BBC Homepage World Service Education
BBC Homepagelow graphics version | feedback | help
BBC News Online
 You are in: World: Africa
Front Page 
Middle East 
South Asia 
From Our Own Correspondent 
Letter From America 
UK Politics 
Talking Point 
In Depth 

Thursday, 8 March, 2001, 22:05 GMT
Uganda poll: The other contenders
Election poster
Many think of the race as a duel but there are four more candidates

By Anna Borzello in Kampala

It is easy to think that the Ugandan presidency is being contested by just two men - the incumbent Yoweri Museveni and his former physician, Dr and retired Colonel Kizza Besigye.

There are in fact four other contenders in the 12 March elections, although collectively they score just 10% in opinion polls.

All four challengers are multi-partyists, promising to return Uganda to a pluralist system of government.

Yoweri Museveni and Kizza Besigye are both Movementists - described by its supporters as an alternate form of democracy and by its detractors as a one party state - although Mr Besigye is campaigning as a reformer, and has pledged a speedy return to pluralism.

The four candidates have virtually no hope of winning the election.

Their only chance of gaining political influence is if there is a run off between the two principle candidates, which will happen if neither secures the requisite 50%.

Only then will the four minor runners find themselves in a strong bargaining position.

Aggrey Awori

The most high profile of the four candidates is Aggrey Awori, who would have been the president's principle contender were it not for Mr Besigye's decision to stand.

"Besigye is surviving on my previous constituency," he told the BBC in an interview recently.

Mr Awori, 62, is a veteran politician from Busia in eastern Uganda where he is the MP.

Aggrey Awori
Aggrey Awori renounced rebellion in 1992
The former Olympic sprinter is a staunch multi-partyist and a member of the Ugandan Peoples Congress Party, which once ruled Uganda under the presidency of Milton Obote.

He served as a minister in that government between 1981-1985 but, soon after Museveni seized power in 1986, he joined a rebel movement - Force "Obote Back Again".

In 1992, Mr Awori renounced rebellion.

He has been an MP since 1996 and is known for his outspoken criticism of the government.

If elected, he promises to hold peace talks with rebel groups still operating in the country and reinstall political parties.

However, Mr Awori is most in the news not for his policies but for the helicopter that he swore he would use to carry out his campaigns - and which has yet to arrive in the country.

Kibirige Mayanja Muhammad

This is the second time Kibirige Mayanja Muhammad has stood in the presidential elections.

He competed in 1996, alongside Mr Museveni and his principle opponent Dr Paul Ssemogerere.

Kibirige Mayanja
This is Kibirige Mayanja's second presidential campaign
He was treated with amused tolerance by most Ugandans and on polling day collected 2.6% of the vote.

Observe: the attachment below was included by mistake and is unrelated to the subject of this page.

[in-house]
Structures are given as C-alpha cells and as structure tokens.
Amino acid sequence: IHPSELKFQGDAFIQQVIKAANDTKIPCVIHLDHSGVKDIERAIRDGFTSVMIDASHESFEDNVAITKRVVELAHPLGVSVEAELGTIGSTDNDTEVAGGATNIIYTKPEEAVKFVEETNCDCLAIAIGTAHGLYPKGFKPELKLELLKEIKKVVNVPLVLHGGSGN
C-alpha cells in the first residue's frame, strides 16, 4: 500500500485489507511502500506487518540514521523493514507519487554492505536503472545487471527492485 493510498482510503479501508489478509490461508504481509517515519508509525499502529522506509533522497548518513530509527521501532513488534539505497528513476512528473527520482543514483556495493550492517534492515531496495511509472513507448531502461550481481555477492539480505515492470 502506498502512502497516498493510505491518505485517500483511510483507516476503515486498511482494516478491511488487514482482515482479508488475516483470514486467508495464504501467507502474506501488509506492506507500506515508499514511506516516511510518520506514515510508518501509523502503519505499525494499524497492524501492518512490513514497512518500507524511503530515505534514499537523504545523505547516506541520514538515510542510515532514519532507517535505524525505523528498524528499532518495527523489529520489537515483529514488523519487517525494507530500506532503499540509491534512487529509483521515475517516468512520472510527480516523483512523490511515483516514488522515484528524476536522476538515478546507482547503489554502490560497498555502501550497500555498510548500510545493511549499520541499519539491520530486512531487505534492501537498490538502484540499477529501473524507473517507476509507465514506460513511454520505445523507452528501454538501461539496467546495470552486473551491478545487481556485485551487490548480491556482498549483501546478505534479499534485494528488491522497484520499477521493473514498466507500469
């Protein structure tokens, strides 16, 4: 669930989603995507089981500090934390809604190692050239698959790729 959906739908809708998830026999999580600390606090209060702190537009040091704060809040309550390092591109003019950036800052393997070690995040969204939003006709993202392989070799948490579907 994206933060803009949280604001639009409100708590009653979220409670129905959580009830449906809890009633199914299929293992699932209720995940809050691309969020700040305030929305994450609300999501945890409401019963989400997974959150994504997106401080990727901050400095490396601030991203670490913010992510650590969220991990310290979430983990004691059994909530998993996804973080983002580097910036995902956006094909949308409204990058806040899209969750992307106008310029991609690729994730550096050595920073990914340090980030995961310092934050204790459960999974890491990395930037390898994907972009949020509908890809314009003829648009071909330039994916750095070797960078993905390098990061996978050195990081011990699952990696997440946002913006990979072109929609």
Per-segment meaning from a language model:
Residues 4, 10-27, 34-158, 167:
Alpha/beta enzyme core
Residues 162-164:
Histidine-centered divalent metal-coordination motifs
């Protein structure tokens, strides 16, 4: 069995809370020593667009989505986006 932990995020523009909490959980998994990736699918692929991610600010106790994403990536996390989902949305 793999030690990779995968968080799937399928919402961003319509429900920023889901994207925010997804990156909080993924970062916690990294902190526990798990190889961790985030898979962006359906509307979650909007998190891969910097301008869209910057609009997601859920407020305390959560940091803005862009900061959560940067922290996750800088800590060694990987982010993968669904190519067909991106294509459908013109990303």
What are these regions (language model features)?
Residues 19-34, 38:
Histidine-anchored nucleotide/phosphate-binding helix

He promised then he would return next time round.

Kibirige Mayanja, 51, comes from central Uganda.

He studied in Kampala and did his post-graduate work in Britain.

On his return to Uganda, he joined Makerere University as director of planning, where he still works.

Mr Mayanja is a Muslim and has two wives with whom he has seven children.

He has promised a return to pluralism, peace talks and pledged to promote "moral regeneration".

Chappa Karuhanga

Chappa Karuhanga, 49, comes from Bushenyi in western Uganda and is the chairman of a little known political group, the National Democrats Forum.

He has been involved in politics since he was a teenager when he joined an opposition group fighting the regime of former dictator Idi Amin.

Chappa Karuhanga
Chappa Karuhanga has a colourful political past
In the ensuing years Mr Chappa has gone into, and returned from, exile and been imprisoned three times - once during Amin's regime, once on suspicion of collaborating with the forces of the then rebel leader Yoweri Museveni and again in 1998 for reportedly slandering Mr Museveni.

He has promised, if elected, to free parties, and to pursue a mixed economy.

Mr Chappa's most newsworthy act so far has been to marry a pretty woman in her early 20s on the eve of the campaign.

According to media reports, her presence at rallies has earned the flattering comments of male voters.

Francis Bwengye

Francis Bwengye ,59, comes from Bushenyi in western Uganda.

He is a long-term member of the Democratic Party, the country's leading political party, and in 1980 served as its secretary-general.

Francis Bwengye
Francis Bwengye has promised to solve all Uganda's economic problems
Mr Bwengye decided to stand for the presidency after falling out with the DP president and former presidential aspirant, Paul Ssemogerere, in the run up to the 2001 elections.

Mr Bwengye, who has never held political office, has worked as a health inspector and as a lawyer.

He has been married twice and has 10 children.

In his manifesto, he promises to provide solutions to all Uganda's economic ills - as well as a return to pluralism.

In an opinion poll by the independent Monitor newspaper earlier this month Mr Bwengye secured just 1.1%.

Search BBC News Online

Advanced search options
Launch console
Internet links:

The BBC is not responsible for the content of external internet sites

Links to more Africa stories are at the foot of the page.

E-mail this story to a friend

Links to more Africa stories